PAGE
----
But its Dome, built by Filippo Brunelleschi in the 15th century, really steals the show. With a height of more than 116 meters and measuring 45.5 meters in diameter, it is the largest masonry vault in the world.
The cathedral is free to visit, however, you need to buy tickets to be able to visit the adjoining buildings as well as climb up the Dome. Also, be warned: it is no easy feat to get to the top of the Dome. Check out my travel guide on how to spend 2 days in Florence for more details.
08. Trevi fountain, Rome
Trevi fountain in Rome is arguably one of the most well-known fountains in the world.
Legend says that if you throw a coin in it you will return to the capital of Italy one day. There’s even a proper way to do it: sit with your back to the fountain, keep your eyes closed and throw the coin into the water over your left shoulder using your right hand.
09. Trajan’s column
Trajan’s column is a triumphal ancient column depicting the wars between the Romans and Dacians which ultimately ended with Emperor Trajan’s victory. The column can be found in Trajan’s Forum which is situated a bit further north of the Roman Forum.
10. Pantheon, Rome
The Pantheon is a former Roman temple built by Emperor Hadrian, now functioning as a Catholic church. You can find it in Piazza della Rotonda, Rome and it is free to visit. However, for audio guides and guided tours, you will have to pay.
11. Ponte Vecchio, Florence
Ponte Vecchio (en. “Old Bridge”) is a medieval bridge – the oldest in existence, built over the Arno river in Florence. It has a striking look because of the shops built along it, making it very photogenic.
12. St. Peter’s Basilica, Vatican City
Technically, St. Peter’s Basilica is not in Italy, but I couldn’t leave it out. The cathedral is an outstanding proof of Renaissance architecture and the largest of its kind in the world. It is free to visit.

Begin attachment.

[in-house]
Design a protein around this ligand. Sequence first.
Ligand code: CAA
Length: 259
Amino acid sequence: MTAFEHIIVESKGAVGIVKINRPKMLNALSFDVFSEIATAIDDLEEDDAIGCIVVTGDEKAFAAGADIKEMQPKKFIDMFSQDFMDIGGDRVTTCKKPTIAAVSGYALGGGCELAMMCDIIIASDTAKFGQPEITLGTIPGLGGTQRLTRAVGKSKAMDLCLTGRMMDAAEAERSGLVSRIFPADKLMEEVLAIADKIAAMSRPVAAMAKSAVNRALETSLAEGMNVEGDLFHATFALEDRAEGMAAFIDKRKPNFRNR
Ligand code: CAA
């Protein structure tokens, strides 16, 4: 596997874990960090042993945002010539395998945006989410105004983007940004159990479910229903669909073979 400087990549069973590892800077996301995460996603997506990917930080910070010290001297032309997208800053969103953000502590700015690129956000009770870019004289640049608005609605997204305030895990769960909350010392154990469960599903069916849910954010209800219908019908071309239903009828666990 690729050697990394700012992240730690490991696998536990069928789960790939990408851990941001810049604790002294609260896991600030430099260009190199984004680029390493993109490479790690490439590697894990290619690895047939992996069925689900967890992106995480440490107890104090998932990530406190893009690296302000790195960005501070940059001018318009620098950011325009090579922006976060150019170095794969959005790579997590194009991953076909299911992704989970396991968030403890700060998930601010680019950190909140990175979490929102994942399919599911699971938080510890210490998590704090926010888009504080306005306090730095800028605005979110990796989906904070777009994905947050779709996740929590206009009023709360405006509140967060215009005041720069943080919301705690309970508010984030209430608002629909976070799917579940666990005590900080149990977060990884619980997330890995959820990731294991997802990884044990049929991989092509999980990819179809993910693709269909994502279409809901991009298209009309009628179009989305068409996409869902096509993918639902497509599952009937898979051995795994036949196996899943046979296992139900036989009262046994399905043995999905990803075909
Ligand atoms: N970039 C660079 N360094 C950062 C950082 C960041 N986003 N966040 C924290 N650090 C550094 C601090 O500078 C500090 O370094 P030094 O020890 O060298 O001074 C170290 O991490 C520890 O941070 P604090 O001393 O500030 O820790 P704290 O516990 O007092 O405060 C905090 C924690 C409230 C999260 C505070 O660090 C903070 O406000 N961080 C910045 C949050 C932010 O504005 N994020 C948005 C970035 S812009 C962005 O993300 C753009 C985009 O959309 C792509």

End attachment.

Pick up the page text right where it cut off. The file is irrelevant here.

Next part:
The current basilica was commissioned by Pope Julius II and it replaced the original one built by Emperor Constantine in the 4th century, on the place Saint Peter was buried.
Picturesque villages, cities, and regions
Italy is dotted with beautiful, colorful villages, charming regions, and marvelous cities.
13. Cinque Terre
Cinque Terre reffers to 5 tiny villages: Vernazza, Manarola, Riomaggiore, Corniglia and Monterosso al Mare, located on the Ligurian coast, north-west of Italy.
Cinque Terre are best visited by train because it’s an easy and fast way to travel to and between the villages. In fact, many people choose to visit Cinque Terre from Florence by train. And although many see all 5 in a single day, my recommendation is to spend at least a night there.
This way you won’t feel rushed and you’ll also be able to experience one of the villages after the crowds leave which is a totally different feeling.
Originally a tiny fishing village, Portofino quickly became popular as an exclusive resort for some of Europe’s richest people. Its small harbor is usually dotted with luxurious yachts, but it’s still the charming, colorful buildings lining the shore that steal the attention.
The easiest way to visit Portofino is to take a ferry ride from nearby Santa Margherita Ligure.
Alberobello is a small town in the Puglia region, southern Italy, famous for its unique buildings with conical-shaped roofs, built without the use of mortar, called trulli.
To be honest, I felt like I walked straight into a fairy tale when I visited this town. It is beyond beautiful and unique and I cannot wait to come back to it.
If I convinced you to visit Alberobello, my suggestion is to either rent a car (spoiler alert: this adorable town is not the only thing Puglia has to offer) or take the train from Bari.
Just be aware that the ticket booth for Ferrovie Sud-Est which operates this route is not inside Bari Central Station, but rather directly on the platform. To reach look for the large sign directing you to “Ferrovie Sud-Est” once you are in the main lobby of Bari Centrale.
Despite the fact that a few decades ago, Matera was referred to as “The same of Italy”, the city has recently been reborn from its ashes as its Sassi (cave dwellings carved into the river canyon) were renovated. And in 2019 it was even appointed as the European capital of culture.
Several movies were filmed in Matera, including The Passion of the Christ, Wonder Woman, or Bond’s No Time To Die.
Bellagio (also known as the Pearl of Lake Como) is a little village on the outskirts of lake Come, in the north of Italy. It boasts elegant-looking villas (like Villa Melzi) overlooking the waterfront as well as charming alleys full of shops and restaurants.
And yes, the famous casino in Las Vegas was indeed inspired and named after it.
Many people know about Verona from William Shakespeare’s plays: Romeo and Juliet and The Two Gentlemen of Verona. While is not exactly known if the author ever visited the city, he definitely contributed to its fame. But the town is much more than this and most often than not the traveler falls in love with it at first sight.
And as of 2000, Verona has been listed as a World Heritage Site by UNESCO because of its urban structure and architecture.